Nancy Pelosi is the most underrated public figure in the United States. She is the first female Speaker of the House, one of the most powerful people in Congress (and America) and has achieved it all largely outside of the greater public eye.
[You might say, Courtney, that’s ridiculous, outside of the public eye. She’s Speaker of the House! To which I respond, most people in America might sort of know that, but have no idea what that means.]
While first Hillary Clinton and then Sarah Palin were cavorting around the country discussing their womanly, pit bull, buck the good ole boy personalities, elect me because I represent YOU! Nancy Pelosi has been the most unassuming gleaner of power ever.
Almost under the radar Nancy Pelosi became Minority Whip and Minority Leader in 2001/2002 — then when Dems won big majorities in 2006, it was with great surprise that many folks realized she would become the new Speaker. Not to mention that Pelosi is the exact opposite of the high-powered female figure we’ve come to know since the era of Feminist Liberation. She’s a grandmother for goodness sake.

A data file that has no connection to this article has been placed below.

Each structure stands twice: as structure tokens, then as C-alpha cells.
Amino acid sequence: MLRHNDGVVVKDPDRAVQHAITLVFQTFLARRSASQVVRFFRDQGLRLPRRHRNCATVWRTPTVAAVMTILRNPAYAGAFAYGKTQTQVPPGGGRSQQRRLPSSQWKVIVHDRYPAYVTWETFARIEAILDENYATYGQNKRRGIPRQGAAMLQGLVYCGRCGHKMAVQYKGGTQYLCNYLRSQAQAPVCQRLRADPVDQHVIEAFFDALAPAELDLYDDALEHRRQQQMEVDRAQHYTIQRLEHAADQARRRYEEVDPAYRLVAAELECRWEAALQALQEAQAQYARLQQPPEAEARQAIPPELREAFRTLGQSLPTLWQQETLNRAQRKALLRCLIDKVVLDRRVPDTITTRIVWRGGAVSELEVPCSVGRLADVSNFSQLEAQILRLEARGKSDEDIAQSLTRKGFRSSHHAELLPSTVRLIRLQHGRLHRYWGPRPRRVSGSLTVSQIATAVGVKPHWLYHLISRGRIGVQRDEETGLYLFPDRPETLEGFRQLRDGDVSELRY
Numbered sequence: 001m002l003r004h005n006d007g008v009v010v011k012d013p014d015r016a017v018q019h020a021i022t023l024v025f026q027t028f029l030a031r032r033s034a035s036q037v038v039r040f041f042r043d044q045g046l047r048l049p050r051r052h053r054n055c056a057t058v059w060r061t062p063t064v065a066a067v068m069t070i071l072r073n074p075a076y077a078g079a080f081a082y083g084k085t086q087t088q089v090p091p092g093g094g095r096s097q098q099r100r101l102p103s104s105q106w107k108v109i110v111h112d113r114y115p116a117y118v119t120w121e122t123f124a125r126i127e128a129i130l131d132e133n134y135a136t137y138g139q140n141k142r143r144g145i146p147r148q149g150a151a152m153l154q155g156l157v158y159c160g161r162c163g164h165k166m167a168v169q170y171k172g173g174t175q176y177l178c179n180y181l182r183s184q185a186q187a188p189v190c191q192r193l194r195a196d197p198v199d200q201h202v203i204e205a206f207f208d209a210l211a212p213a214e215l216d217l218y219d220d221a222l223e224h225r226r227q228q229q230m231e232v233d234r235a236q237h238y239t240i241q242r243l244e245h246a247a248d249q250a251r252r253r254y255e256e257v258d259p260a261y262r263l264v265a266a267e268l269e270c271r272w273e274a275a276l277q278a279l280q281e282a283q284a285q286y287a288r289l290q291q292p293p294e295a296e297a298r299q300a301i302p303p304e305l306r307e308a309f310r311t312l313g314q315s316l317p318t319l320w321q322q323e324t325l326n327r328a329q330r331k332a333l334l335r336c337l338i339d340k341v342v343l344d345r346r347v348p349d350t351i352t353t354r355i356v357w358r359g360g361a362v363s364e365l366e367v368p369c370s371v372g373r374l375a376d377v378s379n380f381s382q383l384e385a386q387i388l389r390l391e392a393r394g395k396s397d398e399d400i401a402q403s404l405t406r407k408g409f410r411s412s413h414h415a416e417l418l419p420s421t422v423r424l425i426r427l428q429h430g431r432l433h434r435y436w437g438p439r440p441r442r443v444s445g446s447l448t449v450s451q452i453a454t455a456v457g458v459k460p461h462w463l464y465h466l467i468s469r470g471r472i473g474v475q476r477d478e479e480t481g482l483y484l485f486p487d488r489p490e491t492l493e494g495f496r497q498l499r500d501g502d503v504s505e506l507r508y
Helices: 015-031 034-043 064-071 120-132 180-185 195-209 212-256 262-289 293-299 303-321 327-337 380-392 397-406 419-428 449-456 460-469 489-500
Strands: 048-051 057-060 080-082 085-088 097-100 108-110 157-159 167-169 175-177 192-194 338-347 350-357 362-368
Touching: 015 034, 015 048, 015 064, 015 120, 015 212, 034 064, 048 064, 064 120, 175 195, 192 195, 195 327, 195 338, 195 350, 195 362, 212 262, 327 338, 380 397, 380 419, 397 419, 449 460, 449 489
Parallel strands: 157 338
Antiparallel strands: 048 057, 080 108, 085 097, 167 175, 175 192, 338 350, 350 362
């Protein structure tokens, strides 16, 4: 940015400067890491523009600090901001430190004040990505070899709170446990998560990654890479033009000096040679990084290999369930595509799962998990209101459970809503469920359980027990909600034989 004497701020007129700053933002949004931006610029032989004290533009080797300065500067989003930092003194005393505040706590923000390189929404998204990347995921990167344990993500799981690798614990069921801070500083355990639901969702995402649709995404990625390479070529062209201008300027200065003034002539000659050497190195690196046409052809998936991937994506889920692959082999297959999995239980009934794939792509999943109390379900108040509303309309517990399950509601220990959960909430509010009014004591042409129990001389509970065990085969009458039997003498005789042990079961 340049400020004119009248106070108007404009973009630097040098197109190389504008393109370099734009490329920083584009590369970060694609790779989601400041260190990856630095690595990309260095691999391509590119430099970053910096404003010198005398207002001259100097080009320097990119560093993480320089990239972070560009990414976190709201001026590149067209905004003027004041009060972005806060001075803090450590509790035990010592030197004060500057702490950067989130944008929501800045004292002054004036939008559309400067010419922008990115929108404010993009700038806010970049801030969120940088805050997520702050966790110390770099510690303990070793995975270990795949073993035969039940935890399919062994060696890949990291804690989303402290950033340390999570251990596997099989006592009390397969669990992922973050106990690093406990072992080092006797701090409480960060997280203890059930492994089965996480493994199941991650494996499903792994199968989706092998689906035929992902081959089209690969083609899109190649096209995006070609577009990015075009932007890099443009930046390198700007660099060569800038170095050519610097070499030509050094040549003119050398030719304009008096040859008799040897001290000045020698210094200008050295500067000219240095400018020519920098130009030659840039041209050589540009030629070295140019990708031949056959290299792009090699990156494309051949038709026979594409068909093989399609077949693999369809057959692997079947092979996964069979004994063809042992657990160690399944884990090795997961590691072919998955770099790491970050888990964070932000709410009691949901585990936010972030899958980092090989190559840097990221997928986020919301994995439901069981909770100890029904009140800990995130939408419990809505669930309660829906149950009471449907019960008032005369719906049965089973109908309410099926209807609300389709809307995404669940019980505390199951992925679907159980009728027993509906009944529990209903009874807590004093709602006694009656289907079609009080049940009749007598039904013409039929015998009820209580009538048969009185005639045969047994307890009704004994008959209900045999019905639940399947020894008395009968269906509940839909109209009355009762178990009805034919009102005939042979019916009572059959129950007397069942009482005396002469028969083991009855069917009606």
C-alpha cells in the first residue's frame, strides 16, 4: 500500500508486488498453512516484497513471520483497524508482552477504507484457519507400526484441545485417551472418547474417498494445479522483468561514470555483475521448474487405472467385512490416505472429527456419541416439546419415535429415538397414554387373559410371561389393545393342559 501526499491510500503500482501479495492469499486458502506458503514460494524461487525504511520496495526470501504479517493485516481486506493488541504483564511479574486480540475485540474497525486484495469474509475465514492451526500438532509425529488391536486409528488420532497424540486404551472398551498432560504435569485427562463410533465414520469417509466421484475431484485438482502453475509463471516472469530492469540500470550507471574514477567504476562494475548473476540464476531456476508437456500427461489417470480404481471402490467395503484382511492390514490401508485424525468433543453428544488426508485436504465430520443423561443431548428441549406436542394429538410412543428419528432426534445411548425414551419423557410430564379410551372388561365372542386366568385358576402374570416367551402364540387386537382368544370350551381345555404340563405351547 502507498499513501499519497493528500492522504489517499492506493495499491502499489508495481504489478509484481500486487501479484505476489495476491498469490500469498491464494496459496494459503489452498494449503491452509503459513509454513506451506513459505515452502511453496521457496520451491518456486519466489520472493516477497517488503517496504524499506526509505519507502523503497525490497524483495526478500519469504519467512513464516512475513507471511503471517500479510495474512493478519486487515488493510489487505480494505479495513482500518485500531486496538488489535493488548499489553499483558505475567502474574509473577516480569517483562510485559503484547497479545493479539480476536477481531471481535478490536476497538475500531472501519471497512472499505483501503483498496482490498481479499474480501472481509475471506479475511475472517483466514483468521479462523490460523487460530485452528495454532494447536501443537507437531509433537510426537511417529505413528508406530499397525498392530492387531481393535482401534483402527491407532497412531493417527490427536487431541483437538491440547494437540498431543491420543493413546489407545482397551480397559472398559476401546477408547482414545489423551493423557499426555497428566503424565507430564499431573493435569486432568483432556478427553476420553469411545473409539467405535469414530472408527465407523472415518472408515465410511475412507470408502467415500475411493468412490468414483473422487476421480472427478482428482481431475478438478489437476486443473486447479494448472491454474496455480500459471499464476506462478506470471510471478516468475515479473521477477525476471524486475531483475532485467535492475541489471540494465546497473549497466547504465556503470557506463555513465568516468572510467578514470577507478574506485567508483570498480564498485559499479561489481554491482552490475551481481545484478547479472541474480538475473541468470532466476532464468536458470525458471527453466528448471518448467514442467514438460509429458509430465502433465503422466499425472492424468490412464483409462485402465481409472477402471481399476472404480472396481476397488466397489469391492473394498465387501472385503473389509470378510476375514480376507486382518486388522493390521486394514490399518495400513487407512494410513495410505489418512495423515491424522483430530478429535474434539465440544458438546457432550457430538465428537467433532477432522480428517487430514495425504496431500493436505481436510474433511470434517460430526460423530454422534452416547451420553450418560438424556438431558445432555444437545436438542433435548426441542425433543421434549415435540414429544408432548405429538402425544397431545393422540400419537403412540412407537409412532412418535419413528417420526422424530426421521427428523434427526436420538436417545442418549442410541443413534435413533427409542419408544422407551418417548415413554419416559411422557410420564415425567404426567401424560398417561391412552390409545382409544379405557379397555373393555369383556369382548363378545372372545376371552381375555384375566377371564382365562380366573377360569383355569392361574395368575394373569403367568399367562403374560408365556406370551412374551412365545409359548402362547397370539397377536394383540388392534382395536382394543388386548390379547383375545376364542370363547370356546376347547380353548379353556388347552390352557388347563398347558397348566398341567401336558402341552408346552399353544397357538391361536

And she is tough as nails. Politico has an article out today discussing the steely power Pelosi holds over the House and Washington. Money anecdote:
Unlike the team of DeLay and former Speaker Dennis Hastert (R-Ill.), Pelosi doesn’t openly threaten members or plot to run a primary challenger against them if they don’t toe the line, but she will play hardball if she has to. While still minority leader, she led the charge in June 2006 to kick indicted Rep. William Jefferson (D-La.) off the Ways and Means Committee. When Congressional Black Caucus members complained that they didn’t elect “Pelosi as their queen,” she had a quick response: “I am not an emperor or a queen. But neither am I a fool.”
When I am looking for strong female role models for my children one day, I hope that I can point to Pelosi — and the many women who found inspiration in her leadership, and chose to get involved in politics and public service as a result.